I agree it sounds impractical. So I looked at the patent -- which not being a radio engineer it's perfectly safe for me to do (n.b. -- it's always dangerous to look at what might be bullshit patents in your field because you open yourself up to increased damages for using common sense). But I was a ham radio operator when I was a kid so I do know the lingo.
There are a number of problems with broadcasting power, starting with the fact that it's inefficient to saturate ambient space with enough radiation to be usefully harvested. But that's not what they're proposing. 802.11 ad operates in the extreme microwave range -- about 5cm wavelength aka the "V" band. This band is also unregulated so you can try weird things in it. What they propose is to use an array of antennas to create a steerable beam -- like a phased array radar. This would confine the power to a specific plane so that you wouldn't have to saturate all of ambient space with power. The beam steering would be done "dynamically", which I take to mean it would figure out how to maximize signal strength with some kind of stochastic algorithm. So it might not work if you are unicycling around the room.
And because the wavelength is so short an antenna array would be relatively compact.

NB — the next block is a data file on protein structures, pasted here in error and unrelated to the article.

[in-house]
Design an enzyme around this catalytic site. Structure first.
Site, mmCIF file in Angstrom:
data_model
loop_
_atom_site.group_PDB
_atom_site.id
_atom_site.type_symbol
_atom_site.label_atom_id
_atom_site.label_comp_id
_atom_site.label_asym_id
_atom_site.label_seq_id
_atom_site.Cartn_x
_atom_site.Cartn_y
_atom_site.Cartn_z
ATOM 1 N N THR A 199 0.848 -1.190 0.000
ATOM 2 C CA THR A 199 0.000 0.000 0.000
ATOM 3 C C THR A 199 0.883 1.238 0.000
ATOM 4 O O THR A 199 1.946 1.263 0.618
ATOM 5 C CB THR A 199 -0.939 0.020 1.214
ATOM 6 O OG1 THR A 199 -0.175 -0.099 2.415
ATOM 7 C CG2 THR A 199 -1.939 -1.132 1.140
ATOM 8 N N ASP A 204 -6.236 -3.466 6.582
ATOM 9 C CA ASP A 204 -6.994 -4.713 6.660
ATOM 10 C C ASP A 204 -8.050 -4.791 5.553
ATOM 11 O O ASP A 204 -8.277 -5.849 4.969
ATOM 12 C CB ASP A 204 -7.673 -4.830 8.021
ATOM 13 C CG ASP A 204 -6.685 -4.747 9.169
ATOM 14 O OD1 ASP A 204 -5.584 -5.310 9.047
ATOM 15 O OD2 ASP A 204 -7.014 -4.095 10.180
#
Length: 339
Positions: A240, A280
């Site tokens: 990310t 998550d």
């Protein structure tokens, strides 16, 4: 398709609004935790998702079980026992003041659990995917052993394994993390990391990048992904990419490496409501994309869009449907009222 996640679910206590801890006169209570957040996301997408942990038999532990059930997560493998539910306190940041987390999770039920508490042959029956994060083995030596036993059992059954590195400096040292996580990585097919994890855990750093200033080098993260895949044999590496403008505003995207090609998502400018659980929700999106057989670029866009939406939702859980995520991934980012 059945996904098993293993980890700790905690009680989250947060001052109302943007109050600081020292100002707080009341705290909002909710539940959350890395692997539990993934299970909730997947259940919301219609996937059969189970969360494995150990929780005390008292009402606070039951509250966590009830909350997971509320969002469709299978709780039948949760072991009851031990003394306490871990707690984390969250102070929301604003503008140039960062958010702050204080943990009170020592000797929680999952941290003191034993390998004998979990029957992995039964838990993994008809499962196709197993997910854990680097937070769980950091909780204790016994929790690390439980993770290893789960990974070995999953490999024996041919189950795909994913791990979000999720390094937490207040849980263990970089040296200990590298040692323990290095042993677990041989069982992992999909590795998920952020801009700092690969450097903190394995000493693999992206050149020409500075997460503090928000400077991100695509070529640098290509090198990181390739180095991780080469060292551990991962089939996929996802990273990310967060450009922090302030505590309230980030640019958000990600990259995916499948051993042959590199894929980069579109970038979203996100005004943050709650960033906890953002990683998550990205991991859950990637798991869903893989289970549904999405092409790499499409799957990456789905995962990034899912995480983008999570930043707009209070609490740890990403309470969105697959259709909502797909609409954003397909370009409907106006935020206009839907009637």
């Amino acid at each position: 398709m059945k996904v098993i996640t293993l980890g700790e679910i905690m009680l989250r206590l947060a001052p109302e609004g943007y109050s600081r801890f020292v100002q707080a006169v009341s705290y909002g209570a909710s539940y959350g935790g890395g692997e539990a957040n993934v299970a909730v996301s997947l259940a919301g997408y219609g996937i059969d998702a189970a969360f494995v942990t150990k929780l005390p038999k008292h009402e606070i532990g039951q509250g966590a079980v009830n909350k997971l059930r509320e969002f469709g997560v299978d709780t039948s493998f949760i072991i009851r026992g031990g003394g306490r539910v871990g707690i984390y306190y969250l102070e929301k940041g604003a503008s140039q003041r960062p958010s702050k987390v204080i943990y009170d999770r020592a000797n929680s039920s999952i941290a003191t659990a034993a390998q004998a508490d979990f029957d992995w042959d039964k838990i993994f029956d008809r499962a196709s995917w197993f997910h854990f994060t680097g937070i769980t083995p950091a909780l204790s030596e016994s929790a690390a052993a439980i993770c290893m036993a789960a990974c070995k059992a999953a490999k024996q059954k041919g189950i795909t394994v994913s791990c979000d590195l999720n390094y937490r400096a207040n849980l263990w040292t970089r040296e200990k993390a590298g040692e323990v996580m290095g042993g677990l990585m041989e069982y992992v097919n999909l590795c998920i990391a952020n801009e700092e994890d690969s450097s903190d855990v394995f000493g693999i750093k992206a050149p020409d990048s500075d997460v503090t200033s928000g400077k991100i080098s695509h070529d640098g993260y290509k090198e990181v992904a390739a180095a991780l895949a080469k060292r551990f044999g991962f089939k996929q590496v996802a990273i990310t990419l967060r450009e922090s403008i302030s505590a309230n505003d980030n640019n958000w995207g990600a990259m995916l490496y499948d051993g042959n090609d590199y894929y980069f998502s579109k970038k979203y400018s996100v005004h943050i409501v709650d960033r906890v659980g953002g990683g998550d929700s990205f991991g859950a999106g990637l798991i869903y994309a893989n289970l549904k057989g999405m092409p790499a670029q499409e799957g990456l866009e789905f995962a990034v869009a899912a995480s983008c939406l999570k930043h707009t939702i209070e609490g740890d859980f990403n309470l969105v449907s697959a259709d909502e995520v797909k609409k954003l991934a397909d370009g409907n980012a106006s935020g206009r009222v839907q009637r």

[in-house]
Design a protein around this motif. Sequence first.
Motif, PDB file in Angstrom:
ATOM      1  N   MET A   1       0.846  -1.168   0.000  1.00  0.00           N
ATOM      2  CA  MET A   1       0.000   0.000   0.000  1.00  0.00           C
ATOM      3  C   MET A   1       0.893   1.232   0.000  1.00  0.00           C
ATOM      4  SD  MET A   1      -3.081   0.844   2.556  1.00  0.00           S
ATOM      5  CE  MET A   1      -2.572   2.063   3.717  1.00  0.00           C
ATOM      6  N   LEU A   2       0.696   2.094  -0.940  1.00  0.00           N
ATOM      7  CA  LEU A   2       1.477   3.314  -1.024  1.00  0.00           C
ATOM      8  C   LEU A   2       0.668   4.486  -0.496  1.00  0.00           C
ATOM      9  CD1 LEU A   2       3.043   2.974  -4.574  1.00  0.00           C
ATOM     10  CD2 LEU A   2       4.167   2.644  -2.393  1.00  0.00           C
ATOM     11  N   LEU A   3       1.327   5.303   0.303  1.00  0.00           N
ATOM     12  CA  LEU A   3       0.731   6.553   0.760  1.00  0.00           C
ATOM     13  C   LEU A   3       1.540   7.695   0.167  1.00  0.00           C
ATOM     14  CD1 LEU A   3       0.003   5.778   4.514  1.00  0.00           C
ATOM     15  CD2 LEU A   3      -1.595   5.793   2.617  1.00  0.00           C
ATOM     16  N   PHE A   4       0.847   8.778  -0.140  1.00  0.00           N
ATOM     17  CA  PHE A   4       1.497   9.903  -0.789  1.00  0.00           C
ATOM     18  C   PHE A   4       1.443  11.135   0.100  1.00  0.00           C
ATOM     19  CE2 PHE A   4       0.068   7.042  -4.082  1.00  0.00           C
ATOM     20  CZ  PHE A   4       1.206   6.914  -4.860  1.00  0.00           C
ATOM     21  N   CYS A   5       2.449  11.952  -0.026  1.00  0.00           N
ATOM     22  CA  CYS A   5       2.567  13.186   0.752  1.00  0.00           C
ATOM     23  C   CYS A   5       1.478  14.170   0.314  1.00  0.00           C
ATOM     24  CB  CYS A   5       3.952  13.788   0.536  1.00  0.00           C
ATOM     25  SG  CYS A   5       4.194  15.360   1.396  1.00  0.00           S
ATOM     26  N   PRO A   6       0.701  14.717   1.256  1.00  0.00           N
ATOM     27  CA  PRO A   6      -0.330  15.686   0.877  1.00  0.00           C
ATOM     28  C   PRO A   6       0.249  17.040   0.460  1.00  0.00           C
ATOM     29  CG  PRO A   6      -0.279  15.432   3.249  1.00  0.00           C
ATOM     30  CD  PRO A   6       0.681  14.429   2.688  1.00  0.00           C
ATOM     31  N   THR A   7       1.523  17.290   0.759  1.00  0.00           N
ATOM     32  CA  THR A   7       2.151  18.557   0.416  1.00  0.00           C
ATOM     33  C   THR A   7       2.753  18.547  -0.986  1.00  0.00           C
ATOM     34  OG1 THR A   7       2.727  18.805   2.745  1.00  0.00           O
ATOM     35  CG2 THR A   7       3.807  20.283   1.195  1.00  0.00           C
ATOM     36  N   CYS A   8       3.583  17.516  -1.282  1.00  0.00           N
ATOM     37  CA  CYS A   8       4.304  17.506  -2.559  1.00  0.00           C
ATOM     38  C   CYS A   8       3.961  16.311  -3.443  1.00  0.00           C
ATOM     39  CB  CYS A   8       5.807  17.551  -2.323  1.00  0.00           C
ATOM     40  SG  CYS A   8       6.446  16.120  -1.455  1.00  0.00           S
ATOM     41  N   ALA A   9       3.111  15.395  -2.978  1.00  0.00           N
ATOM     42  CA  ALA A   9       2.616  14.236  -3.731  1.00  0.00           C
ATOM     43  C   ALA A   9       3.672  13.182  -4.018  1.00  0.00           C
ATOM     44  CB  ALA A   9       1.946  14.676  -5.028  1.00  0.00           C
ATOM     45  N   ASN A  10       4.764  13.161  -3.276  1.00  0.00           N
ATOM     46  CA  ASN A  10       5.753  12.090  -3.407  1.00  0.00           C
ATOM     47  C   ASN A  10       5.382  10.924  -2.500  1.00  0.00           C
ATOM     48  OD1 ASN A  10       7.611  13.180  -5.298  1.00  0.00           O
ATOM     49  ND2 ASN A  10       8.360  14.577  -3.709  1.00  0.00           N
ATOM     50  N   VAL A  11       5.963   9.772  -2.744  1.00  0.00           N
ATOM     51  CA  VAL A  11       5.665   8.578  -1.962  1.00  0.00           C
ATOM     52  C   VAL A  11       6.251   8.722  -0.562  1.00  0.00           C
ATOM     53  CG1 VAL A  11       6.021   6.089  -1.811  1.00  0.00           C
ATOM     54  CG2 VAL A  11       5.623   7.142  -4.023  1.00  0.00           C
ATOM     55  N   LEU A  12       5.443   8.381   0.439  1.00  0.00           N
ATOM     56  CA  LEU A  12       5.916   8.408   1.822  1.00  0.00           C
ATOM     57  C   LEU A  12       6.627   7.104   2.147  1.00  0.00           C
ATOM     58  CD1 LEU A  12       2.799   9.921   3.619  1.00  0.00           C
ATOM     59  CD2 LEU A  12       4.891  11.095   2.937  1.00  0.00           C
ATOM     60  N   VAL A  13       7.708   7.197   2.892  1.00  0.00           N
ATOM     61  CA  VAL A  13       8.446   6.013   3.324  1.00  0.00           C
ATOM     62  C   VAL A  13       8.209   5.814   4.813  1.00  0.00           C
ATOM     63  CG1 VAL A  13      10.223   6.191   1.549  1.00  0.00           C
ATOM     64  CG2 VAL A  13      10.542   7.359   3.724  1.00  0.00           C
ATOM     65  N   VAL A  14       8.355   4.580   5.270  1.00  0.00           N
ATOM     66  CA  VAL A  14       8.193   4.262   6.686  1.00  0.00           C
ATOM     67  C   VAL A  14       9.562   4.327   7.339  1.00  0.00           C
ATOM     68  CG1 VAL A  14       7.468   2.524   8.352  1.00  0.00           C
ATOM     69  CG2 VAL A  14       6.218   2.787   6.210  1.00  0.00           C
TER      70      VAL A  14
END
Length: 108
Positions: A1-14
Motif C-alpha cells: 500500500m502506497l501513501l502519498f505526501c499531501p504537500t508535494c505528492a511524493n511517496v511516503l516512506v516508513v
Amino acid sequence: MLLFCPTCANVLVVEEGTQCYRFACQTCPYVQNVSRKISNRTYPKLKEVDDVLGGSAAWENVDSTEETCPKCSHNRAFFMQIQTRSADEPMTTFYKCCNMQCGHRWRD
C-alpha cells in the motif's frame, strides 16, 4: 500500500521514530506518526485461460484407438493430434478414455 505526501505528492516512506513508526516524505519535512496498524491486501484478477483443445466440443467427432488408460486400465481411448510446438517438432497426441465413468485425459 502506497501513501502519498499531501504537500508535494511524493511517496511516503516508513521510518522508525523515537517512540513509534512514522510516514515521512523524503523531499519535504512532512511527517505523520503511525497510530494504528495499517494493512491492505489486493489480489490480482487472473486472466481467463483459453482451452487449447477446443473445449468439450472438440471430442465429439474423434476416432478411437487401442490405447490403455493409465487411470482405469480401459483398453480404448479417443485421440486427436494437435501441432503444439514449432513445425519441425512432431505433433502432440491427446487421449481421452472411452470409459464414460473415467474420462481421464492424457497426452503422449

Even so, it doesn't sound that practical. It's bound to be limited to line of sight, for example: the V band does not penetrate walls or the human body at all, in contrast with the S band that conventional wifi operates on. I can certainly imagine applications for it, but making it practical for charging your phone is apt to be very expensive. You'd have surround yourself with V band antenna arrays.
By the way, reading this patent reminds me of why I hate reading patents. They're infuriatingly vague in order to make the claims as broad as possible, and yet are cluttered with inanely obvious details ("the radio receiver can include active and passive components") and irrelevancies (the device may include a touch screen). I think the purpose may be that someone trying to figure out whether the vague language applies to a cell phone will think, "I don't know WTF this is claiming, but look this phone *does* have a touch screen." It just shows how broken our patent system is.